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Greg M. McFarquhar
,
Christopher S. Bretherton
,
Roger Marchand
,
Alain Protat
,
Paul J. DeMott
,
Simon P. Alexander
,
Greg C. Roberts
,
Cynthia H. Twohy
,
Darin Toohey
,
Steve Siems
,
Yi Huang
,
Robert Wood
,
Robert M. Rauber
,
Sonia Lasher-Trapp
,
Jorgen Jensen
,
Jeffrey L. Stith
,
Jay Mace
,
Junshik Um
,
Emma Järvinen
,
Martin Schnaiter
,
Andrew Gettelman
,
Kevin J. Sanchez
,
Christina S. McCluskey
,
Lynn M. Russell
,
Isabel L. McCoy
,
Rachel L. Atlas
,
Charles G. Bardeen
,
Kathryn A. Moore
,
Thomas C. J. Hill
,
Ruhi S. Humphries
,
Melita D. Keywood
,
Zoran Ristovski
,
Luke Cravigan
,
Robyn Schofield
,
Chris Fairall
,
Marc D. Mallet
,
Sonia M. Kreidenweis
,
Bryan Rainwater
,
John D’Alessandro
,
Yang Wang
,
Wei Wu
,
Georges Saliba
,
Ezra J. T. Levin
,
Saisai Ding
,
Francisco Lang
,
Son C. H. Truong
,
Cory Wolff
,
Julie Haggerty
,
Mike J. Harvey
,
Andrew R. Klekociuk
, and
Adrian McDonald

Abstract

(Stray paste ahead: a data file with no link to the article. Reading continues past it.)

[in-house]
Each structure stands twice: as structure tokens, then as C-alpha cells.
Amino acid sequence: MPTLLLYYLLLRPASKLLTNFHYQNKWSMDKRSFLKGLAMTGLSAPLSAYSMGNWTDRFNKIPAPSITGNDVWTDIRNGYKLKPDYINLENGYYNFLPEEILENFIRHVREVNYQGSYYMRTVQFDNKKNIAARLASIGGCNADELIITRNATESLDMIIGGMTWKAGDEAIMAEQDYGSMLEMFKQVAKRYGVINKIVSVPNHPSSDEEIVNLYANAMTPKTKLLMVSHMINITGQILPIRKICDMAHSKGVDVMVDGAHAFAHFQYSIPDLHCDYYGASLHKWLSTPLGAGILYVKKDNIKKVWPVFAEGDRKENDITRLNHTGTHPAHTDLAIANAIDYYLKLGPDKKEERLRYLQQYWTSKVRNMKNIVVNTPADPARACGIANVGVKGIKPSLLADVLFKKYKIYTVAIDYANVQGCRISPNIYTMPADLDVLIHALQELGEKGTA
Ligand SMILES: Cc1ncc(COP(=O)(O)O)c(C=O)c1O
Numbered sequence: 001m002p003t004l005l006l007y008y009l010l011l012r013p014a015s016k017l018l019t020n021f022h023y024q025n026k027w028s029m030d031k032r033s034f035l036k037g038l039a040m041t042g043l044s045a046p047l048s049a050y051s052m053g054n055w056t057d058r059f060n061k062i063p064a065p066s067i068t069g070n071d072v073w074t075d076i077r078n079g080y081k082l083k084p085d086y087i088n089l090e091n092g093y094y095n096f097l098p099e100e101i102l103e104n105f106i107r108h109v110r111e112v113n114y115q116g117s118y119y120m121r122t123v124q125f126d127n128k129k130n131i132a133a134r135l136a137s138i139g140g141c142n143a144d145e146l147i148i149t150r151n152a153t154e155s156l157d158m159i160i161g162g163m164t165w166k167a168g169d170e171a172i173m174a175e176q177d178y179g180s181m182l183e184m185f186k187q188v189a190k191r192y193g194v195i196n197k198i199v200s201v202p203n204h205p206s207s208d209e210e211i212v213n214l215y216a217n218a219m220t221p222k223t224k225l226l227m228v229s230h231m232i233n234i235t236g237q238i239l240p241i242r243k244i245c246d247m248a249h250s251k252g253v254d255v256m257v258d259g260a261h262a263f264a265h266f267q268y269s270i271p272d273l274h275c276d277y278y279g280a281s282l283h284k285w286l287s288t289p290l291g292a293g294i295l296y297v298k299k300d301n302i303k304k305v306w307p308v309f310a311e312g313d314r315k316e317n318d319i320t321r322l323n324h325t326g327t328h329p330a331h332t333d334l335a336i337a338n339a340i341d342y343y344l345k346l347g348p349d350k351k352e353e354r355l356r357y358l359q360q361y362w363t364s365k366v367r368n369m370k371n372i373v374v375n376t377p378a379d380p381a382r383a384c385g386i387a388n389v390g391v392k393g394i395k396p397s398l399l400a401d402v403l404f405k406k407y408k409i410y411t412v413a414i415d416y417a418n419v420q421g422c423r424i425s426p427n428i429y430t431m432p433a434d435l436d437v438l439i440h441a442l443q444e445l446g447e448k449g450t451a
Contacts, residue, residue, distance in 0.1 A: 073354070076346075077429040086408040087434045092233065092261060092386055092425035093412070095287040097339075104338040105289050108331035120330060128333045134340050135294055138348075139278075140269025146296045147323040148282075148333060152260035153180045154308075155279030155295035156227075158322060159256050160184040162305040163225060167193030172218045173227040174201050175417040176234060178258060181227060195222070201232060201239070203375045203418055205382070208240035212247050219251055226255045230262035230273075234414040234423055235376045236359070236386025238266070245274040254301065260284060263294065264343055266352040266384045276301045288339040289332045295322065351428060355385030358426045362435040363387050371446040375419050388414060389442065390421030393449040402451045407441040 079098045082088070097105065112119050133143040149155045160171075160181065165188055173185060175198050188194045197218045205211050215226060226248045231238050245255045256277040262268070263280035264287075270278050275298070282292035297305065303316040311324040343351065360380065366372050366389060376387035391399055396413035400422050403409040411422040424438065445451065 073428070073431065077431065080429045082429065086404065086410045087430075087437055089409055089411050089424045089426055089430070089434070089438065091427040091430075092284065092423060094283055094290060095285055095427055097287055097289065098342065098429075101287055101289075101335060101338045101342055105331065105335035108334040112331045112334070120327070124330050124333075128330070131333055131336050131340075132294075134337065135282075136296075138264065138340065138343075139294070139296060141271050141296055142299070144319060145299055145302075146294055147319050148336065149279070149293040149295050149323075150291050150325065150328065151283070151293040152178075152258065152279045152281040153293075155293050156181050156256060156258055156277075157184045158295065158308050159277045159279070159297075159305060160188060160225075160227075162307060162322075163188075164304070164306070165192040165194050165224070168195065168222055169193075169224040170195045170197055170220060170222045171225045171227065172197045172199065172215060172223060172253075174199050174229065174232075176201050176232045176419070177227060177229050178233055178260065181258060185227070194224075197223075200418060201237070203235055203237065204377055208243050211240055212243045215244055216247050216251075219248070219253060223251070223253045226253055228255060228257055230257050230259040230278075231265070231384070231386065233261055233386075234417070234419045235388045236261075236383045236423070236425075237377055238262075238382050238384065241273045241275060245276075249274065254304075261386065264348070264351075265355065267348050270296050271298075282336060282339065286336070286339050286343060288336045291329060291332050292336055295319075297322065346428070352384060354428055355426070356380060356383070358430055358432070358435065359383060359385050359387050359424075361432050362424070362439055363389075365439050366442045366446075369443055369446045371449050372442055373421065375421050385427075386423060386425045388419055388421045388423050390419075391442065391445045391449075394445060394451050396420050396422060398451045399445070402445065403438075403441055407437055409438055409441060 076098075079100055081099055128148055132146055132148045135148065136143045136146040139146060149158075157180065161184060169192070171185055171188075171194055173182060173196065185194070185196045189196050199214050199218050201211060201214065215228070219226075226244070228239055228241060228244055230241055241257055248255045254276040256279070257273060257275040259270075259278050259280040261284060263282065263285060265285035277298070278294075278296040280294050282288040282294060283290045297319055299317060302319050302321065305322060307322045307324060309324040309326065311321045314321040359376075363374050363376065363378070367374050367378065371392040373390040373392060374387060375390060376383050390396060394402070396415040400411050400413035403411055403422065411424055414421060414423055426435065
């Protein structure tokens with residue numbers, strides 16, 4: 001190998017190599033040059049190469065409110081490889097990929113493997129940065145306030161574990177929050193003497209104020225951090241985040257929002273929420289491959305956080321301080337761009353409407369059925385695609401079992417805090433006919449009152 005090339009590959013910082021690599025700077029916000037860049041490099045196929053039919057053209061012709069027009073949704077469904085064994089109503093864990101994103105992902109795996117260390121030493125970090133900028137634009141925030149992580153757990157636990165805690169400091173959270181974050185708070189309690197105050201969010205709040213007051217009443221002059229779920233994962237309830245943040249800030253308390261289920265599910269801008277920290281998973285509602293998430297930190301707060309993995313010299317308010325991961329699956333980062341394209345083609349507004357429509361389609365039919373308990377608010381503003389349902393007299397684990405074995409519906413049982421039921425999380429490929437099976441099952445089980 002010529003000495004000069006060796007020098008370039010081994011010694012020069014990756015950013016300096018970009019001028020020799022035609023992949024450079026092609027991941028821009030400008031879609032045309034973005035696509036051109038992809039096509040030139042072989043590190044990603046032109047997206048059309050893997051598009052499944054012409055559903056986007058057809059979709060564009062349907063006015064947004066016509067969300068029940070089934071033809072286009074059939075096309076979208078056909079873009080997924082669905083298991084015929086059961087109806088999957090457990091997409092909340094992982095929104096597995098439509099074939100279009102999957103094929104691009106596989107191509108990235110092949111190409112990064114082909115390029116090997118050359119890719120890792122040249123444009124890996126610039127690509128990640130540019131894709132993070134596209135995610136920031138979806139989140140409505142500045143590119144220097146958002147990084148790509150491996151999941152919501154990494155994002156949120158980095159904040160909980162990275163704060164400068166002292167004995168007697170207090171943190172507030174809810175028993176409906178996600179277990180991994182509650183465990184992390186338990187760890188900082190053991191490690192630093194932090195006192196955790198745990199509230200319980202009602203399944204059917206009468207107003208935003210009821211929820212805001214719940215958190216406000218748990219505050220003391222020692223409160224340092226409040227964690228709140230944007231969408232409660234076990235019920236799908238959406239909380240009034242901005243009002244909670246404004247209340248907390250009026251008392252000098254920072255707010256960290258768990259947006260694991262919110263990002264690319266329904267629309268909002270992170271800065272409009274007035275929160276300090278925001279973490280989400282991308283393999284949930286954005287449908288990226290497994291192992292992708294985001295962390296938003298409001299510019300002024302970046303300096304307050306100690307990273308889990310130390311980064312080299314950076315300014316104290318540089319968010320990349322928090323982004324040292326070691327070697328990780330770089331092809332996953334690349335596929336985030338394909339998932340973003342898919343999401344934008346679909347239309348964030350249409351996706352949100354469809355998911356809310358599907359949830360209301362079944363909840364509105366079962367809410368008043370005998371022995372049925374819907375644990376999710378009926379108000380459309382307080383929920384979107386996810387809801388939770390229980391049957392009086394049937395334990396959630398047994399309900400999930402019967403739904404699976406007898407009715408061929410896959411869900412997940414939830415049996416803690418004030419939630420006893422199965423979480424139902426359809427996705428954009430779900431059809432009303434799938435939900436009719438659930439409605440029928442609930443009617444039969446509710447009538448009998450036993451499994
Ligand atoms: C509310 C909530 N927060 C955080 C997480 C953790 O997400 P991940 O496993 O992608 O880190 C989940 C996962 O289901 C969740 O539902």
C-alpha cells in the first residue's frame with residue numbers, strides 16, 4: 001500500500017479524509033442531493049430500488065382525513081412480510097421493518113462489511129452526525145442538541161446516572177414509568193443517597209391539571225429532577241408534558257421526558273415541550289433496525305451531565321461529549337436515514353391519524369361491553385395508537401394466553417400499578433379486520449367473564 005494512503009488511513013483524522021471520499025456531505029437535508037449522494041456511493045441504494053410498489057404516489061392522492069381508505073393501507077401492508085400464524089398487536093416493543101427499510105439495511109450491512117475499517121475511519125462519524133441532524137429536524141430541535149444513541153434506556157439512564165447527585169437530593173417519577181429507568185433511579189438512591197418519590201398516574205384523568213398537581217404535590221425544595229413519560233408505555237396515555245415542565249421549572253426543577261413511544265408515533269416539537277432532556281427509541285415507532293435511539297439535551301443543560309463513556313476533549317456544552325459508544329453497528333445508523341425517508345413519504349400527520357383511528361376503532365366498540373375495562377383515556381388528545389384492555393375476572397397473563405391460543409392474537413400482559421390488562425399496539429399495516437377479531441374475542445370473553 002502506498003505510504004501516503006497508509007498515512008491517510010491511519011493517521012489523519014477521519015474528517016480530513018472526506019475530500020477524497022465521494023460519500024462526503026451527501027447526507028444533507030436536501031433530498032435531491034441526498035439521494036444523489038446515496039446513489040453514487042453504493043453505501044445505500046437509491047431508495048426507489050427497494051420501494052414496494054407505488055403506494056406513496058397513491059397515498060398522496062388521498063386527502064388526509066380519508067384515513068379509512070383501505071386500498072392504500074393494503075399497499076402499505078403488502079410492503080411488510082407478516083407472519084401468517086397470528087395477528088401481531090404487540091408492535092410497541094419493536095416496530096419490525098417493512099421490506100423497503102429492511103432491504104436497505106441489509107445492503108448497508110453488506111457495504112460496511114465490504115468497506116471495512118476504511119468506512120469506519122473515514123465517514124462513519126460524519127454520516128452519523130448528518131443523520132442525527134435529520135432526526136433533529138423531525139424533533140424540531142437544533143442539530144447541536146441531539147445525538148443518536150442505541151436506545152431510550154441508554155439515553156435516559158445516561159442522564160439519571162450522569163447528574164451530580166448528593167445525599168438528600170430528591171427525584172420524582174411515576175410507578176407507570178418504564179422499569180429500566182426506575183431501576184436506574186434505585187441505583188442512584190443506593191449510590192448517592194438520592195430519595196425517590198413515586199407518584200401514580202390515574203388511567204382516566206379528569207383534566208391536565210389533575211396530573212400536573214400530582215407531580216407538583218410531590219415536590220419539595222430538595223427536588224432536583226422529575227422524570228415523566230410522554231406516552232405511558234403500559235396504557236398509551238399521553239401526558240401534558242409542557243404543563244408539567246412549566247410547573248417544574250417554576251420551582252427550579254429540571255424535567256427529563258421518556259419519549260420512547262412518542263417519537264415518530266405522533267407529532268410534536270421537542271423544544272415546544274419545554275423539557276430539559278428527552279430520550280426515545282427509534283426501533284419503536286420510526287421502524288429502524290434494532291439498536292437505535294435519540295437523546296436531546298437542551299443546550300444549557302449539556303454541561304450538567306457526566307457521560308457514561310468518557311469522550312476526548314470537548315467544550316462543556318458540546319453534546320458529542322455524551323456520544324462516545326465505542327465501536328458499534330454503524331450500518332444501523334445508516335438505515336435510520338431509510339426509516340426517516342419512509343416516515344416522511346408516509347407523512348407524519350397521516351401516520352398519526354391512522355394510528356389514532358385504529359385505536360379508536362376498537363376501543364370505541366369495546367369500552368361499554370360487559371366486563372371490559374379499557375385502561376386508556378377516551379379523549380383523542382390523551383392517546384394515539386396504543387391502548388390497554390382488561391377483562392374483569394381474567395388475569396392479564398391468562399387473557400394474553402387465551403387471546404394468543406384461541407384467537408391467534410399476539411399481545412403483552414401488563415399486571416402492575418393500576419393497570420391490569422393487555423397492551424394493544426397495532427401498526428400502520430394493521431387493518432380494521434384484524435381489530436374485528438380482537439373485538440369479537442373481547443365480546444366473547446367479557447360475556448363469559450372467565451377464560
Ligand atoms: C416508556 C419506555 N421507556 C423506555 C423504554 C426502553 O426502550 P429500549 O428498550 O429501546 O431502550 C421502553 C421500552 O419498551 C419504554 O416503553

Weather and climate models are challenged by uncertainties and biases in simulating Southern Ocean (SO) radiative fluxes that trace to a poor understanding of cloud, aerosol, precipitation, and radiative processes, and their interactions. Projects between 2016 and 2018 used in situ probes, radar, lidar, and other instruments to make comprehensive measurements of thermodynamics, surface radiation, cloud, precipitation, aerosol, cloud condensation nuclei (CCN), and ice nucleating particles over the SO cold waters, and in ubiquitous liquid and mixed-phase clouds common to this pristine environment. Data including soundings were collected from the NSF–NCAR G-V aircraft flying north–south gradients south of Tasmania, at Macquarie Island, and on the R/V Investigator and RSV Aurora Australis. Synergistically these data characterize boundary layer and free troposphere environmental properties, and represent the most comprehensive data of this type available south of the oceanic polar front, in the cold sector of SO cyclones, and across seasons. Results show largely pristine environments with numerous small and few large aerosols above cloud, suggesting new particle formation and limited long-range transport from continents, high variability in CCN and cloud droplet concentrations, and ubiquitous supercooled water in thin, multilayered clouds, often with small-scale generating cells near cloud top. These observations demonstrate how cloud properties depend on aerosols while highlighting the importance of dynamics and turbulence that likely drive heterogeneity of cloud phase. Satellite retrievals confirmed low clouds were responsible for radiation biases. The combination of models and observations is examining how aerosols and meteorology couple to control SO water and energy budgets.